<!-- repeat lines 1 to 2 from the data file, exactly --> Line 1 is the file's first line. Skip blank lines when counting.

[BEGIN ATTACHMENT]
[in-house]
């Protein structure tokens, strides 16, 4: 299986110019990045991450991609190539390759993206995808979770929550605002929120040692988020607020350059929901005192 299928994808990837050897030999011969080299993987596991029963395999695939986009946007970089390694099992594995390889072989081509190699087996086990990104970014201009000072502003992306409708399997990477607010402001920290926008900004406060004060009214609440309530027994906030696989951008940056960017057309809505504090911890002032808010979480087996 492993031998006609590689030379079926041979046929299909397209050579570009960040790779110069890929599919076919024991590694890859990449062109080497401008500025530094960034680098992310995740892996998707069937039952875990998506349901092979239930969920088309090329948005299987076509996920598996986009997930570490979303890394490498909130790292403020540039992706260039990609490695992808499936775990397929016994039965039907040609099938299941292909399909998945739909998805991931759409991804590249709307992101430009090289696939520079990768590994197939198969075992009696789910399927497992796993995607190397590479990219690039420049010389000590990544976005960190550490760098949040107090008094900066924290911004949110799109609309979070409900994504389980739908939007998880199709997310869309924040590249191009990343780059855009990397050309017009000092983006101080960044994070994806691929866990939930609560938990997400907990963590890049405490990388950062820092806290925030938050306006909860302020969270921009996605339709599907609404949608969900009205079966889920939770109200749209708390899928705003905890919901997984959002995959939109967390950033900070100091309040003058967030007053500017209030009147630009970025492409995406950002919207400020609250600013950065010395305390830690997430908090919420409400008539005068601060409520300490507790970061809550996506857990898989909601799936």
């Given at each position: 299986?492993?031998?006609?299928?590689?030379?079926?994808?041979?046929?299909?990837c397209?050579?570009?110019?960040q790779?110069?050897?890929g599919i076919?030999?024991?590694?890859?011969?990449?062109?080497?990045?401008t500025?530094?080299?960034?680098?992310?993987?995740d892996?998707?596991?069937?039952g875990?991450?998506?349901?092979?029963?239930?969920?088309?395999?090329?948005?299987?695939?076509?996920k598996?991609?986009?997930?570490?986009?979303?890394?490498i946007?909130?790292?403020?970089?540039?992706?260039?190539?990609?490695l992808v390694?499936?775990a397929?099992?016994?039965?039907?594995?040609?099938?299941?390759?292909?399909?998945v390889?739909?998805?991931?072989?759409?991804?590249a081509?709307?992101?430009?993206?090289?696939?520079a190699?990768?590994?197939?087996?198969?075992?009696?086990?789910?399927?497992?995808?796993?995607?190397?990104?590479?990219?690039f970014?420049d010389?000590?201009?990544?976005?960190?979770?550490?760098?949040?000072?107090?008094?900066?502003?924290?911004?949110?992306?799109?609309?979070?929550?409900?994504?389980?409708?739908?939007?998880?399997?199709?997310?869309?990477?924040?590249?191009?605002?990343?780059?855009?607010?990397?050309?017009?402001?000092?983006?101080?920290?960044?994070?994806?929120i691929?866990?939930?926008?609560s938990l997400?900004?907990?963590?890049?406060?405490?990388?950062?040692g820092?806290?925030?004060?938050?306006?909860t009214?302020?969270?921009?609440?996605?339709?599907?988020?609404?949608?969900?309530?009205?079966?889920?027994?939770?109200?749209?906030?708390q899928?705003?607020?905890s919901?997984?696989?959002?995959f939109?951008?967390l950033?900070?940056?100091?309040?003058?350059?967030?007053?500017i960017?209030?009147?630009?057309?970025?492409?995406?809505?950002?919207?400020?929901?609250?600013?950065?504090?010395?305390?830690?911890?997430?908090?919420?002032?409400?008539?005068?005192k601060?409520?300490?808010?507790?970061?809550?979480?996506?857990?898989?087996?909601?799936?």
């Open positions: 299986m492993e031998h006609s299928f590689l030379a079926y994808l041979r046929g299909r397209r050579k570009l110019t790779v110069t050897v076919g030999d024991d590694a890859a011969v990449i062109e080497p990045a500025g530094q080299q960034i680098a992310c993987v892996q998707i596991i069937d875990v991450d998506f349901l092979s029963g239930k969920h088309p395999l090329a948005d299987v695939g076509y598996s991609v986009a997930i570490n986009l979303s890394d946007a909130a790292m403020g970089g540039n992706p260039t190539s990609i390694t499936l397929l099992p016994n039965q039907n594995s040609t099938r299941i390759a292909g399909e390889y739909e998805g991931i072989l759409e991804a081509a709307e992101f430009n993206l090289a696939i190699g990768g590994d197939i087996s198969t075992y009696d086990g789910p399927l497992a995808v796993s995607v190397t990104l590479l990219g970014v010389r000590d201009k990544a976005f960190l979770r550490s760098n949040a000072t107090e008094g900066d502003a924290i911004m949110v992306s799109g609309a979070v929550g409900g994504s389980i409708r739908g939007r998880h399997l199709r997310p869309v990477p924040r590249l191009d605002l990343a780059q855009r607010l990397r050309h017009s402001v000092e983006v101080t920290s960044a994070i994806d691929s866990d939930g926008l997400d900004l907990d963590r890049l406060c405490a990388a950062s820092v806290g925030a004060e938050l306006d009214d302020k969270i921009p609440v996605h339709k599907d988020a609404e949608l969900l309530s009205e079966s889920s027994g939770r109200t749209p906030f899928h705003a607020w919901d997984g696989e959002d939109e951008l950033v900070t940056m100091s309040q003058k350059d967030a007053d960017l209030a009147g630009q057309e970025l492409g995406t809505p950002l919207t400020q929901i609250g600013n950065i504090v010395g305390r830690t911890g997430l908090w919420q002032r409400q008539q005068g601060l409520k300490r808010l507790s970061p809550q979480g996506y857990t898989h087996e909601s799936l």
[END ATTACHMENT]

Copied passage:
[in-house]
């Protein structure tokens, strides 16, 4: 299986110019990045991450991609190539390759993206995808979770929550605002929120040692988020607020350059929901005192 299928994808990837050897030999011969080299993987596991029963395999695939986009946007970089390694099992594995390889072989081509190699087996086990990104970014201009000072502003992306409708399997990477607010402001920290926008900004406060004060009214609440309530027994906030696989951008940056960017057309809505504090911890002032808010979480087996 492993031998006609590689030379079926041979046929299909397209050579570009960040790779110069890929599919076919024991590694890859990449062109080497401008500025530094960034680098992310995740892996998707069937039952875990998506349901092979239930969920088309090329948005299987076509996920598996986009997930570490979303890394490498909130790292403020540039992706260039990609490695992808499936775990397929016994039965039907040609099938299941292909399909998945739909998805991931759409991804590249709307992101430009090289696939520079990768590994197939198969075992009696789910399927497992796993995607190397590479990219690039420049010389000590990544976005960190550490760098949040107090008094900066924290911004949110799109609309979070409900994504389980739908939007998880199709997310869309924040590249191009990343780059855009990397050309017009000092983006101080960044994070994806691929866990939930609560938990997400907990963590890049405490990388950062820092806290925030938050306006909860302020969270921009996605339709599907609404949608969900009205079966889920939770109200749209708390899928705003905890919901997984959002995959939109967390950033900070100091309040003058967030007053500017209030009147630009970025492409995406950002919207400020609250600013950065010395305390830690997430908090919420409400008539005068601060409520300490507790970061809550996506857990898989909601799936």